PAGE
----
Abstract: The aim of this paper is to investigate policy instruments by which the persistence of inequality is affected through financial development channels in 48 African countries for the period 1996 – 2014. Financial dynamic channels of depth (money supply and liquid liabilities), efficiency (at banking and financial system levels), activity (from banking and financial system perspectives) and stability are used. Political (“voice and accountability” and political stability), economic (government effectiveness and regulation quality) and institutional (rule of law and corruption-control) governance policy instruments are also involved. The empirical evidence is based on the Generalised Method of Moments (GMM). The results show that financial depth and financial stability are the best channels of reducing inequality. Moreover, the relevance of these financial channels is significantly apparent when policy instruments are exclusively governance variables. The comparative relevance of governance dynamics in the persistence of inequality is discussed. The study responds to two recent policy and scholarly challenges, notably: the persistence of inequality in Africa and the relevance of governance in addressing income inequality by means of financial access.
    Keywords: Finance; Governance; Inequality; Modelling; Africa
    JEL: O16 O10 I30 C50 O55
    Date: 2020–01
  8. By: Bin Wei; Vivian Z. Yue
    Abstract: The COVID-19 pandemic has caused tremendous hardship all over the world. In response, the Federal Reserve has moved quickly and aggressively to support the economy in the United States. In this article, we present some initial evidence for the effectiveness of some of the facilities in calming the municipal bond market, particularly the short-term variable-rate demand obligation (VRDO) market. We discuss the important role of liquidity backstops in mitigating runs and stabilizing financial markets in general based on insights from our study on the runs on VRDO and auction-rate securities (ARS) in 2008 during the financial crisis.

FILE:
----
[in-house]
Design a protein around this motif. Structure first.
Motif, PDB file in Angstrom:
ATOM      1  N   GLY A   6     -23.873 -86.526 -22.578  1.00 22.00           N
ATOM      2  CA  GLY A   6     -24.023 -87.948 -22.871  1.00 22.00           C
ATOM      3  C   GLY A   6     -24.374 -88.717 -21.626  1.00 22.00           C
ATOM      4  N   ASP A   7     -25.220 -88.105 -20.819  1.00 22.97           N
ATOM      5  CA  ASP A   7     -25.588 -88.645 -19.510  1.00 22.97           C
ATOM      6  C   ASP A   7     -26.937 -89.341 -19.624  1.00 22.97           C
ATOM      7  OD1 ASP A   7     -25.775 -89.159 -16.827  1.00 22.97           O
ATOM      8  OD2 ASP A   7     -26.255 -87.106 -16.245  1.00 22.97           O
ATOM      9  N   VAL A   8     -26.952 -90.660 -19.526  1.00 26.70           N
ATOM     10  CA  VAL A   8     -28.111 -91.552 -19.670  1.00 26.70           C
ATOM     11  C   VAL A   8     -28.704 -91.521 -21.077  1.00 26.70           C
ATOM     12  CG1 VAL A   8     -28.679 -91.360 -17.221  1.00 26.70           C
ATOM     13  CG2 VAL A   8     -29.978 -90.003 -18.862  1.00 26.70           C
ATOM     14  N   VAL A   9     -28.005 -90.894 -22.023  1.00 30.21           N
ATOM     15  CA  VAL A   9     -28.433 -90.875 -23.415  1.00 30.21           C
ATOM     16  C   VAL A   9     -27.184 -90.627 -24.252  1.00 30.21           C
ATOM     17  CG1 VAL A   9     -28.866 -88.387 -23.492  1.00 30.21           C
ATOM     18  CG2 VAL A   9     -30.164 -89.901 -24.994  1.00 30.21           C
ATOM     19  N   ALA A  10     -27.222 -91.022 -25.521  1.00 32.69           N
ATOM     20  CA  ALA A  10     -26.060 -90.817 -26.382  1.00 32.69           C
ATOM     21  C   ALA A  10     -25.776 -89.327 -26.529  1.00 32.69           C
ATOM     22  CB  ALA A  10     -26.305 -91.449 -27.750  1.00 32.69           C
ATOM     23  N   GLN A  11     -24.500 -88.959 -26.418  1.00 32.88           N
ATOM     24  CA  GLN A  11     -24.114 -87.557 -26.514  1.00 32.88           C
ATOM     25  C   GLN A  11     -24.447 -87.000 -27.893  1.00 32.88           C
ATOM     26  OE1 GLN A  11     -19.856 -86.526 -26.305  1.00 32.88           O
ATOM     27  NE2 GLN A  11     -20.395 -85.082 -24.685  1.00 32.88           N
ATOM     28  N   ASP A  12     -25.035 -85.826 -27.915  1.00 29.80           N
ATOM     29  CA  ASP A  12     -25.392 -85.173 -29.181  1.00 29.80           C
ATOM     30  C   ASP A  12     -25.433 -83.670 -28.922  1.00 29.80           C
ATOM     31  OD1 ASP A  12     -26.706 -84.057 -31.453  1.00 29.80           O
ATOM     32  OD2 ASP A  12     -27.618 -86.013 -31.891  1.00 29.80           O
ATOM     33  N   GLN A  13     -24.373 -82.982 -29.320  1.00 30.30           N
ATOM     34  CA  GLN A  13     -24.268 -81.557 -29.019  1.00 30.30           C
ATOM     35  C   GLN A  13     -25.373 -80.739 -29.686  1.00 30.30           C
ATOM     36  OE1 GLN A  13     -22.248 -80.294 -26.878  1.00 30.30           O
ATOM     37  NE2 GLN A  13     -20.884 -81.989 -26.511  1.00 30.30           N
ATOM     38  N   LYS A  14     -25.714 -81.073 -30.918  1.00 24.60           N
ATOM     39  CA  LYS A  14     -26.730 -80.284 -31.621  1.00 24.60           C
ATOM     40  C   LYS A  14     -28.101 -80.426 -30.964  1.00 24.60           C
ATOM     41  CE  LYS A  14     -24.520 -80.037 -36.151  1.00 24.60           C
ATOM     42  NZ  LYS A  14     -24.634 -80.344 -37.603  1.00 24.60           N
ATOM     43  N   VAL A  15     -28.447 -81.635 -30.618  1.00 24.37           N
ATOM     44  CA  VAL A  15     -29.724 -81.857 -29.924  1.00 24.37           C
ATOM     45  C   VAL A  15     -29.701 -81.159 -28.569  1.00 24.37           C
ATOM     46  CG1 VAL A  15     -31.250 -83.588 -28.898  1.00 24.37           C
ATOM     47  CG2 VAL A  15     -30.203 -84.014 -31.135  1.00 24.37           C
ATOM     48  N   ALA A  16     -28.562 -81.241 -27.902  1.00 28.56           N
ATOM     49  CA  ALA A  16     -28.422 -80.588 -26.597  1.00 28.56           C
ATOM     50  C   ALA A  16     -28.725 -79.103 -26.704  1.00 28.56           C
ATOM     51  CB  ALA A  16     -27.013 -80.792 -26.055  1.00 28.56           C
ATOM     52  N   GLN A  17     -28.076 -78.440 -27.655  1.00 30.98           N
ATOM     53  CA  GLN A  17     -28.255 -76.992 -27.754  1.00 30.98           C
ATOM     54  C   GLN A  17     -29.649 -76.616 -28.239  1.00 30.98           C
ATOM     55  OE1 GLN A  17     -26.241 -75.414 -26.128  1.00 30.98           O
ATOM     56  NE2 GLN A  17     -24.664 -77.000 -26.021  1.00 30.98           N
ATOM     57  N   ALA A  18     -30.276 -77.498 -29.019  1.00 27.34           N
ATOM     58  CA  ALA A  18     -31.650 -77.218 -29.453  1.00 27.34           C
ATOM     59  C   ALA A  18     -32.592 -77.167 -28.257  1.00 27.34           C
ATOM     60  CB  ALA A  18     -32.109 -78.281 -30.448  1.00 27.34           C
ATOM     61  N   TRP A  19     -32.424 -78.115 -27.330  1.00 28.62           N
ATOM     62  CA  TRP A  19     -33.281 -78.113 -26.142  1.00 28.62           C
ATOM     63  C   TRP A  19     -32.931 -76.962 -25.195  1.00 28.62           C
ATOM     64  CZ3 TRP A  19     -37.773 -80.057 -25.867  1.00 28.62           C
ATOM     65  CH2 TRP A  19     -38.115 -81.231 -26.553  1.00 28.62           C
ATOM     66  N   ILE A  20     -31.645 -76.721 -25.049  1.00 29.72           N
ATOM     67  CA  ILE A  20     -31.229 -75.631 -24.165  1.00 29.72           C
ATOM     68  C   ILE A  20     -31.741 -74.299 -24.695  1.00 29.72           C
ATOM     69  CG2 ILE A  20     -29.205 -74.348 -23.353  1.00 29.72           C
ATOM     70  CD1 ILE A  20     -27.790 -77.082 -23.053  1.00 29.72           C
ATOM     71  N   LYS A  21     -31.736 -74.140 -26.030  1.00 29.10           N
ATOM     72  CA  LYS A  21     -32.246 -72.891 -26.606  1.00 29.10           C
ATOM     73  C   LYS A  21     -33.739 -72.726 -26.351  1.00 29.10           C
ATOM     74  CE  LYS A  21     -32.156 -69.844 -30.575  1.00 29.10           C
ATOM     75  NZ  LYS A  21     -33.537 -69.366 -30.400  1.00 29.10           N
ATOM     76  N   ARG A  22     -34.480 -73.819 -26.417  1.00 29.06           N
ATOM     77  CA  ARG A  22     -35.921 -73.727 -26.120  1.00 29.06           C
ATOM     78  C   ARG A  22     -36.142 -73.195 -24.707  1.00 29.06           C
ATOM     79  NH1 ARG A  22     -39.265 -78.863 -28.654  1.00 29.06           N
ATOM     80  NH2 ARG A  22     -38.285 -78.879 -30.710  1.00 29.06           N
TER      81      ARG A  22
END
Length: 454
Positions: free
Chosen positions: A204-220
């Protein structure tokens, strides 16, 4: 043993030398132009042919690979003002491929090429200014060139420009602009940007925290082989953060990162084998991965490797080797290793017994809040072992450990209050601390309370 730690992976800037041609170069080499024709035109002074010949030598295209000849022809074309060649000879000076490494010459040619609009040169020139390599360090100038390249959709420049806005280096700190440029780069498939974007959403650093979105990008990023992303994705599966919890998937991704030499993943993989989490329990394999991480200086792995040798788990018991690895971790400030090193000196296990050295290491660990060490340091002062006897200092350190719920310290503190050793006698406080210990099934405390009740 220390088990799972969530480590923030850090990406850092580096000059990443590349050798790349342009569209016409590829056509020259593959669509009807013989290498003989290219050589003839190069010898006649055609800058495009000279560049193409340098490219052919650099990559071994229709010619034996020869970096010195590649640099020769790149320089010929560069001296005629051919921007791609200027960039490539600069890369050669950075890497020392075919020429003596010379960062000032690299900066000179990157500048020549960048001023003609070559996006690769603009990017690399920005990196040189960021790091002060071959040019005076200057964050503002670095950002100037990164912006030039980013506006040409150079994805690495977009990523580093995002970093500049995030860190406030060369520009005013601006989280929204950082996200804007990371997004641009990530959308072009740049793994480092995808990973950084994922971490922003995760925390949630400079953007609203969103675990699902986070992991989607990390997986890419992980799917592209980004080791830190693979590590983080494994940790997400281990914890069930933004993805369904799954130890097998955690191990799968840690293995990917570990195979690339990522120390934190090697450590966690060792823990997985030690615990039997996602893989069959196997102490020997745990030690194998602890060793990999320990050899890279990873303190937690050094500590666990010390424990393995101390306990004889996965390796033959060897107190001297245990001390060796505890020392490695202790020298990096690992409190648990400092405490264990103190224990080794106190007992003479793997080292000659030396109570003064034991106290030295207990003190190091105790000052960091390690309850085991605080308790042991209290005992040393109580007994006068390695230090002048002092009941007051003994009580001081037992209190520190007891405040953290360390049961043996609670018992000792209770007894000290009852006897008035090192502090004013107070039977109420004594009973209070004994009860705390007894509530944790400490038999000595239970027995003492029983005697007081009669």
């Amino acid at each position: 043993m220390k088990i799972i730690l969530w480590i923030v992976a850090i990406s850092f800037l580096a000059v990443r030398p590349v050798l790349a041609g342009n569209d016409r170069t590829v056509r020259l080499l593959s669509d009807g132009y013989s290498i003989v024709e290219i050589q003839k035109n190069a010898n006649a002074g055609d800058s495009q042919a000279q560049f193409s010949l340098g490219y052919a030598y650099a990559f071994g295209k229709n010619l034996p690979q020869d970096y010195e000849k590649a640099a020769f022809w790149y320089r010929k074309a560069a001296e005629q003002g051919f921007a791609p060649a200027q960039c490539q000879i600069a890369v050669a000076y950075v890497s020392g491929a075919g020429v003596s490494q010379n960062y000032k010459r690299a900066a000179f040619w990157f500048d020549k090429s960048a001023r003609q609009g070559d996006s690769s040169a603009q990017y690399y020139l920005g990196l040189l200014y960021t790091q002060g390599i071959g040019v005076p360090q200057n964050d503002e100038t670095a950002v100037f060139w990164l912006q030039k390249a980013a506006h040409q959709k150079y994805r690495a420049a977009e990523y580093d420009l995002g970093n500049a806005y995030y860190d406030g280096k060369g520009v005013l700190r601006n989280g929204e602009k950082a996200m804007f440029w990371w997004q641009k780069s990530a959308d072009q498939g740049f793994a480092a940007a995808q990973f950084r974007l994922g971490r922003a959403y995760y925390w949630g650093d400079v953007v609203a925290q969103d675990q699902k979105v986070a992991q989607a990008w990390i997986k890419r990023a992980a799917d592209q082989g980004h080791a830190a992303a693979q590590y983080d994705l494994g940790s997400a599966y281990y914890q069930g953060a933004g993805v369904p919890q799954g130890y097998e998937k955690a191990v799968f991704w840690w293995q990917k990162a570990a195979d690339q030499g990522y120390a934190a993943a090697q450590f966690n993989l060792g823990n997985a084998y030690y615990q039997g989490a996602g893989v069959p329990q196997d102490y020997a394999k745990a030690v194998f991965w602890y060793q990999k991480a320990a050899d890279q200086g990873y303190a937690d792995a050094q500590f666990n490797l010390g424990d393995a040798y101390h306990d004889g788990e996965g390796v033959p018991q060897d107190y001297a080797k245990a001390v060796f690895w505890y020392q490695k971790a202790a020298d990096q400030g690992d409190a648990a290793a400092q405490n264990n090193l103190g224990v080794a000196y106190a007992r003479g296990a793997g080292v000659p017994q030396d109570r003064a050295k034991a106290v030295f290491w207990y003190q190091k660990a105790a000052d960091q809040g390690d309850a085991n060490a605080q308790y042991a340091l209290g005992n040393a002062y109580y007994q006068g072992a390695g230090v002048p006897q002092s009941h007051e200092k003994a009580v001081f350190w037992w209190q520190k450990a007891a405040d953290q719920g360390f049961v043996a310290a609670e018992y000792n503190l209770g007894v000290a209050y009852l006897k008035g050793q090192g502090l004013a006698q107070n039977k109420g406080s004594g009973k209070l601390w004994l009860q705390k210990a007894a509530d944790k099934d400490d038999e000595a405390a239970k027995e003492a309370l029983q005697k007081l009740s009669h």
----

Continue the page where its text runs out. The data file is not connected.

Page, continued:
Keywords: municipal bond; COVID-19 pandemic; liquidity backstops
    JEL: G10 G20 G21
    Date: 2020–05–28
  9. By: Marco Pagano (Università di Napoli Federico II, CSEF, EEIF, CEPR and ECGI); Christian Wagner (WU Vienna University of Economics and Business and Vienna Graduate School of Finance (VGSF)); Josef Zechner (WU Vienna University of Economics and Business, Vienna Graduate School of Finance (VGSF) and CEPR)
    Abstract: This paper investigates whether security markets price the effect of social distancing on firms' operations. We document that firms that are more resilient to social distancing significantly outperformed those with lower resilience during the COVID-19 outbreak, even after controlling for the standard risk factors. Similar cross-sectional return differentials already emerged before the COVID- 19 crisis: the 2014-19 cumulative return differential between more and less resilient firms is of similar size as during the outbreak, suggesting growing awareness of pandemic risk well in advance of its materialization. Finally, we use stock option prices to infer the market's return expectations after the onset of the pandemic: even at a two-year horizon, stocks of more pandemic-resilient firms are expected to yield significantly lower returns than less resilient ones, reflecting their lower exposure to disaster risk. Hence, going forward, markets appear to price exposure to a new risk factor, namely, pandemic risk.
    Keywords: asset pricing, rare disasters, social distance, resilience, pandemics.
    JEL: G01 G11 G12 G13 G14 Q51 Q54